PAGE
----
What is the first step solar developers should take in obtaining a debt commitment?

Developers should ask a few key questions before starting the financing process. The information that developers should seek includes: the financier’s history, the amount of time it typically takes from the application to issuance of funds, the transaction, legal, and closing costs, whether the legal fee is included in the costs, whether costs are fixed, whether costs can increase if unexpected challenges arise, and whether there are hidden costs such as future refinancing costs.

After researching various financiers, developers also need to determine the type of financing that their project requires. They may need a construction loan, a term loan, or a combination of both. The details to look for when examining different loan structures include the term of a loan, the interest rate, fees and transaction costs, whether the interest rate is variable or fixed, the length of the amortization period and whether the loan is recourse or nonrecourse.

 

 

About Graham Smith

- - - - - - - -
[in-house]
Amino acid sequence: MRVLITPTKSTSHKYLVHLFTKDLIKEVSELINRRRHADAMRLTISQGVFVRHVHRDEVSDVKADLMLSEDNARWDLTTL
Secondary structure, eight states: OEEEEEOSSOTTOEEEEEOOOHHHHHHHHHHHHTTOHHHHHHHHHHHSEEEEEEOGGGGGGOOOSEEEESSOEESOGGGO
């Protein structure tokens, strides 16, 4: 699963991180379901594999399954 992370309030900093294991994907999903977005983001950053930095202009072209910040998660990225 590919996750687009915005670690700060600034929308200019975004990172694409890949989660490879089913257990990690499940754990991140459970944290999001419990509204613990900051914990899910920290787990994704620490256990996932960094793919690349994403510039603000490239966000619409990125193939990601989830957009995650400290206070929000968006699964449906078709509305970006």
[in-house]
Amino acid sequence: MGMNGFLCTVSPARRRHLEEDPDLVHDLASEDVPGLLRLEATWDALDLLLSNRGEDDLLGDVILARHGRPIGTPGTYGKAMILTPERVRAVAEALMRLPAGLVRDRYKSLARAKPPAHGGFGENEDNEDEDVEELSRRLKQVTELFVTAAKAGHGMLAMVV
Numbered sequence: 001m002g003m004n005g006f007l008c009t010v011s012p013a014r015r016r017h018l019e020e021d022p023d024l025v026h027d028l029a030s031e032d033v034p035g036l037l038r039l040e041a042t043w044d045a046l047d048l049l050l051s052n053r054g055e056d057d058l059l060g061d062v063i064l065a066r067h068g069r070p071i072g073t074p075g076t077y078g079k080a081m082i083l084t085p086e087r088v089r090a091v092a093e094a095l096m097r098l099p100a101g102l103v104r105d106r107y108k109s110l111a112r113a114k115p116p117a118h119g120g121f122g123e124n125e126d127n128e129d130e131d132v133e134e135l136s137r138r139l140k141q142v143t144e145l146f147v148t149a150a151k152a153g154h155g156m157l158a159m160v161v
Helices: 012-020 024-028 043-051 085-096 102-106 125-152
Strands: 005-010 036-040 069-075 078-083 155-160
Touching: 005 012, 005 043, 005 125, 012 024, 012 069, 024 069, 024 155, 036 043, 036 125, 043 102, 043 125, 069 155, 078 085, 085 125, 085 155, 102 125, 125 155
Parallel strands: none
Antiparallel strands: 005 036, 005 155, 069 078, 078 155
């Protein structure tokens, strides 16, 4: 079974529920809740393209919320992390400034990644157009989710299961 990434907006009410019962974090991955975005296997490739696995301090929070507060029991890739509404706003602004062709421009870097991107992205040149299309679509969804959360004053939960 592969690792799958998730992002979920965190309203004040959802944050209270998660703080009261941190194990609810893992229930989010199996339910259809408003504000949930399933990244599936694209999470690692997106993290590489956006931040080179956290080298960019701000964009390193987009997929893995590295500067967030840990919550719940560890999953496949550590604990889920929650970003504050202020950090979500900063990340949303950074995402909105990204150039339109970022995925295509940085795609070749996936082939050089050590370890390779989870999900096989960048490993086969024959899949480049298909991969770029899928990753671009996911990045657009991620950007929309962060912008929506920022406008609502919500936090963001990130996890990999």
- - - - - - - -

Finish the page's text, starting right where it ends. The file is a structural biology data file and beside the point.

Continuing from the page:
Graham Smith, CEO and Founder, Open Energy Group Graham has over 15 years of experience in renewable energy finance and building capital markets brokerage platforms. He founded Open Energy in 2013 to use financial technology innovation to unlock capital and drive debt financing in commercial solar. Prior to Open Energy, he founded two brokerage firms – Axiom Global in 2004 and Phoenix Partners Group in 2006, co-running the latter for seven years. Under Graham’s leadership at Phoenix, the company generated $15 million in revenue within the first two years. Graham also started and managed Phoenix Greenworks Capital, a renewable energy advisory business, and secured $75 million of construction finance for 15 megawatts (MW) of some of the U.K.’s first utility-scale solar projects.  Under Graham’s leadership, Open Energy has developed an innovative online platform that has reduced total transaction costs for commercial solar loans by up to 70 percent. Through its unique marketplace lending model, Open Energy offers investment opportunities for non-recourse secured project debt with long-term, non-market correlated and strong risk-adjusted returns. Graham studied at both the University of Cambridge and University College in London. He also represented Great Britain in rowing at the 1996 Olympics in Atlanta.